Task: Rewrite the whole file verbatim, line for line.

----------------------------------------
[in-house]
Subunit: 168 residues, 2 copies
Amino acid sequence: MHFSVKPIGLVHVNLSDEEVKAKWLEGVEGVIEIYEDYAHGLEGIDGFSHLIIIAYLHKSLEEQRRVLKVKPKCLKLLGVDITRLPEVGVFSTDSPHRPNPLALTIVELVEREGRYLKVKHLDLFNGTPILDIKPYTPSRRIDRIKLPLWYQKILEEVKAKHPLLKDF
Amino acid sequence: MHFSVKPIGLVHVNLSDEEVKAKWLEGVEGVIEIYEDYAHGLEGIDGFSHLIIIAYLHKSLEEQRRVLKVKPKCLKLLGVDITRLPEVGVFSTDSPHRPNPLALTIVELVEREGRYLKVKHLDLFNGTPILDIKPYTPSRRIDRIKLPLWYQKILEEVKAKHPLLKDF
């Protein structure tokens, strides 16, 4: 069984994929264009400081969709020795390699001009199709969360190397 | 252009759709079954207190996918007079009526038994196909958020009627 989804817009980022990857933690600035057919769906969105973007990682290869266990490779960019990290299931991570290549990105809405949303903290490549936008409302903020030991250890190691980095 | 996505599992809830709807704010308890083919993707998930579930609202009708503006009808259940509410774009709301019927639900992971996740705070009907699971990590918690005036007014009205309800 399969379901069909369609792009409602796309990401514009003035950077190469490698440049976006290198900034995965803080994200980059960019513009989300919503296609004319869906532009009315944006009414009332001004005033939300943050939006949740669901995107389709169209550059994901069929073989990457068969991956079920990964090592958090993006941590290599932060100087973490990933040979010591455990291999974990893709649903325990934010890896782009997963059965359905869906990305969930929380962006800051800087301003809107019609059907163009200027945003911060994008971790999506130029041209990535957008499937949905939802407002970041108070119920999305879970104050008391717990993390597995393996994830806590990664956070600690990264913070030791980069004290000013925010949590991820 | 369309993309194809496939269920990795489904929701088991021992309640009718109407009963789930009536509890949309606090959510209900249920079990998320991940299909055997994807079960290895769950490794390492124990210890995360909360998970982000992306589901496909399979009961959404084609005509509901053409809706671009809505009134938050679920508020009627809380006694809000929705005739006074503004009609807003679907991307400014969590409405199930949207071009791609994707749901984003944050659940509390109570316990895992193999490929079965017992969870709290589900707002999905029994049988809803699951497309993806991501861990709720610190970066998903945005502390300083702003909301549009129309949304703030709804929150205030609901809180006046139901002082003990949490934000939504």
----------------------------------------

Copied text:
[in-house]
Subunit: 168 residues, 2 copies
Amino acid sequence: MHFSVKPIGLVHVNLSDEEVKAKWLEGVEGVIEIYEDYAHGLEGIDGFSHLIIIAYLHKSLEEQRRVLKVKPKCLKLLGVDITRLPEVGVFSTDSPHRPNPLALTIVELVEREGRYLKVKHLDLFNGTPILDIKPYTPSRRIDRIKLPLWYQKILEEVKAKHPLLKDF
Amino acid sequence: MHFSVKPIGLVHVNLSDEEVKAKWLEGVEGVIEIYEDYAHGLEGIDGFSHLIIIAYLHKSLEEQRRVLKVKPKCLKLLGVDITRLPEVGVFSTDSPHRPNPLALTIVELVEREGRYLKVKHLDLFNGTPILDIKPYTPSRRIDRIKLPLWYQKILEEVKAKHPLLKDF
């Protein structure tokens, strides 16, 4: 069984994929264009400081969709020795390699001009199709969360190397 | 252009759709079954207190996918007079009526038994196909958020009627 989804817009980022990857933690600035057919769906969105973007990682290869266990490779960019990290299931991570290549990105809405949303903290490549936008409302903020030991250890190691980095 | 996505599992809830709807704010308890083919993707998930579930609202009708503006009808259940509410774009709301019927639900992971996740705070009907699971990590918690005036007014009205309800 399969379901069909369609792009409602796309990401514009003035950077190469490698440049976006290198900034995965803080994200980059960019513009989300919503296609004319869906532009009315944006009414009332001004005033939300943050939006949740669901995107389709169209550059994901069929073989990457068969991956079920990964090592958090993006941590290599932060100087973490990933040979010591455990291999974990893709649903325990934010890896782009997963059965359905869906990305969930929380962006800051800087301003809107019609059907163009200027945003911060994008971790999506130029041209990535957008499937949905939802407002970041108070119920999305879970104050008391717990993390597995393996994830806590990664956070600690990264913070030791980069004290000013925010949590991820 | 369309993309194809496939269920990795489904929701088991021992309640009718109407009963789930009536509890949309606090959510209900249920079990998320991940299909055997994807079960290895769950490794390492124990210890995360909360998970982000992306589901496909399979009961959404084609005509509901053409809706671009809505009134938050679920508020009627809380006694809000929705005739006074503004009609807003679907991307400014969590409405199930949207071009791609994707749901984003944050659940509390109570316990895992193999490929079965017992969870709290589900707002999905029994049988809803699951497309993806991501861990709720610190970066998903945005502390300083702003909301549009129309949304703030709804929150205030609901809180006046139901002082003990949490934000939504």